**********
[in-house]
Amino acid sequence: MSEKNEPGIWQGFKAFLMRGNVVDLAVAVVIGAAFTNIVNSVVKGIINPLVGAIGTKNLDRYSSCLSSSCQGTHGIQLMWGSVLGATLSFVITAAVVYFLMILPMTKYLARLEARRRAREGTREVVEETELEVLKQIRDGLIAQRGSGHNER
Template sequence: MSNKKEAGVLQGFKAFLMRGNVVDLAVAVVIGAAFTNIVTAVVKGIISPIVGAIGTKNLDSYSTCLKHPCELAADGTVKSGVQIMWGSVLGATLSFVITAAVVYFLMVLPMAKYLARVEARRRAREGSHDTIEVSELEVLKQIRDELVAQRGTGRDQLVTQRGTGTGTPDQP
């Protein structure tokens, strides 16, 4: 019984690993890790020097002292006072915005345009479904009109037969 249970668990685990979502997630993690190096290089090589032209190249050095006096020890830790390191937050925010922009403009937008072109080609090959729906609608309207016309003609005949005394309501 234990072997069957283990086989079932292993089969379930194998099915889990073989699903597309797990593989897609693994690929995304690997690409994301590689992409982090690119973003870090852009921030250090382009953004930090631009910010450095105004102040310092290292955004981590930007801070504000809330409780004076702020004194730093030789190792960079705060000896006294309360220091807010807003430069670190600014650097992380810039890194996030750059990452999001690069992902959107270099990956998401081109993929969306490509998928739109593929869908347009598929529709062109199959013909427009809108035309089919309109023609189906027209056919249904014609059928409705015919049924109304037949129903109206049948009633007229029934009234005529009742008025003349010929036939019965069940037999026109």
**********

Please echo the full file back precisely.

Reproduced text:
[in-house]
Amino acid sequence: MSEKNEPGIWQGFKAFLMRGNVVDLAVAVVIGAAFTNIVNSVVKGIINPLVGAIGTKNLDRYSSCLSSSCQGTHGIQLMWGSVLGATLSFVITAAVVYFLMILPMTKYLARLEARRRAREGTREVVEETELEVLKQIRDGLIAQRGSGHNER
Template sequence: MSNKKEAGVLQGFKAFLMRGNVVDLAVAVVIGAAFTNIVTAVVKGIISPIVGAIGTKNLDSYSTCLKHPCELAADGTVKSGVQIMWGSVLGATLSFVITAAVVYFLMVLPMAKYLARVEARRRAREGSHDTIEVSELEVLKQIRDELVAQRGTGRDQLVTQRGTGTGTPDQP
């Protein structure tokens, strides 16, 4: 019984690993890790020097002292006072915005345009479904009109037969 249970668990685990979502997630993690190096290089090589032209190249050095006096020890830790390191937050925010922009403009937008072109080609090959729906609608309207016309003609005949005394309501 234990072997069957283990086989079932292993089969379930194998099915889990073989699903597309797990593989897609693994690929995304690997690409994301590689992409982090690119973003870090852009921030250090382009953004930090631009910010450095105004102040310092290292955004981590930007801070504000809330409780004076702020004194730093030789190792960079705060000896006294309360220091807010807003430069670190600014650097992380810039890194996030750059990452999001690069992902959107270099990956998401081109993929969306490509998928739109593929869908347009598929529709062109199959013909427009809108035309089919309109023609189906027209056919249904014609059928409705015919049924109304037949129903109206049948009633007229029934009234005529009742008025003349010929036939019965069940037999026109």